It was too quiet. It was the silence of the jungle just before a predator leaped upon its helpless prey.
Oh, good grief.
She’d always known she had a vivid imagination, but this was ridiculous. She couldn’t help wondering, though…Was he naked? What was he thinking about? Was he naked? Would he try to move closer? Was he naked?
Get a grip.
She’d simply breathe deeply and think calm, rational thoughts. There, she was under control again.
OK, if she was so calm, why did she feel the need to fill the silence with nervous speech? “I guess everyone back in Scotland will wonder where you’ve gone.”
“No one will wonder.” His tone said
She couldn’t. She suddenly had an urgent need to know. After all, she was sharing a bed with this man, and she didn’t know a thing about him. “OK, I remember you said your parents were dead, but didn’t you mention something about a brother?”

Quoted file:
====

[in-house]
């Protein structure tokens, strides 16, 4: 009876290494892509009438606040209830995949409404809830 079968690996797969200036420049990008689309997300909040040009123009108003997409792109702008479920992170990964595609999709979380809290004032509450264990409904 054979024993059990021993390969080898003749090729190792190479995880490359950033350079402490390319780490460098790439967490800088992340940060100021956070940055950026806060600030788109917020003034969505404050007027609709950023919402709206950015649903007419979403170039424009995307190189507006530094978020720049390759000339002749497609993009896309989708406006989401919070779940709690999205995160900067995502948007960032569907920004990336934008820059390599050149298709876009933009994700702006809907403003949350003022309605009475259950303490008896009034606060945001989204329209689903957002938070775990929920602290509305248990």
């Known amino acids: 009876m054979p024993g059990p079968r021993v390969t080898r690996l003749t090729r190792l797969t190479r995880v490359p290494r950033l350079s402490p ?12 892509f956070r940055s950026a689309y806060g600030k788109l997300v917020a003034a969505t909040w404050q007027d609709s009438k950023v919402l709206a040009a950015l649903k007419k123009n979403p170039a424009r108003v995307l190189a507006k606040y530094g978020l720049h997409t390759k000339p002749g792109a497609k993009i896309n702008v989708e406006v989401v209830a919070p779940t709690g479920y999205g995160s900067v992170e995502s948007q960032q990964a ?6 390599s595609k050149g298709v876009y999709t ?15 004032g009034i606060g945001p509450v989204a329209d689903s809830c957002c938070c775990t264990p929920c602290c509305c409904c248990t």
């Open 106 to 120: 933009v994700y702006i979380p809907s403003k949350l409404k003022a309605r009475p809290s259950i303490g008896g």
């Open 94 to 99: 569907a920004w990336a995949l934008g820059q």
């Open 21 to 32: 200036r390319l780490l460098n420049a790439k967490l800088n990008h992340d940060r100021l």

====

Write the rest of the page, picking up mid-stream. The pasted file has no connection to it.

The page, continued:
“I dinna see Hugh often.” His tone had turned glacial.
She couldn’t let it alone. It was like poking a stick at a hibernating bear, all the while knowing the bear might very well wake and mistake you for a midnight snack. “Why don’t you see him? He’s your only relative, for heaven’s sake.”
Fortune could feel the tension. The air around her seemed to explode, twisting in tortuous coils of agonizing emotion.
Maybe she shouldn’t have asked that last question. She felt the bed shift and knew he’d propped himself up on one elbow.
“Look at me, Fortune.” His voice held a quality she’d never heard before, a pain so deep she couldn’t even fathom it.
Without attempting to argue, she turned to face him.
A full moon shone in the window behind him, making him nothing more than a dark silhouette. The shifting shadows played across the dark walls, hinting at secrets. “You…you don’t have to tell me about Hugh if you don’t want to.”
“Ah, but I do, lass. Ye canna call back yer question. Mayhap ye might wish ye had once ye hear my answer.” He reached out and touched the side of her face with one finger. She resisted the urge to flinch away—from his touch, from the truth.
“Hugh hasna spoken to me for eight years, since the morning he slaughtered a host of unarmed men, without pity, without mercy. I was there, lass. I saw the blood. It
stains my soul. Even three hundred years canna wash away the blood.”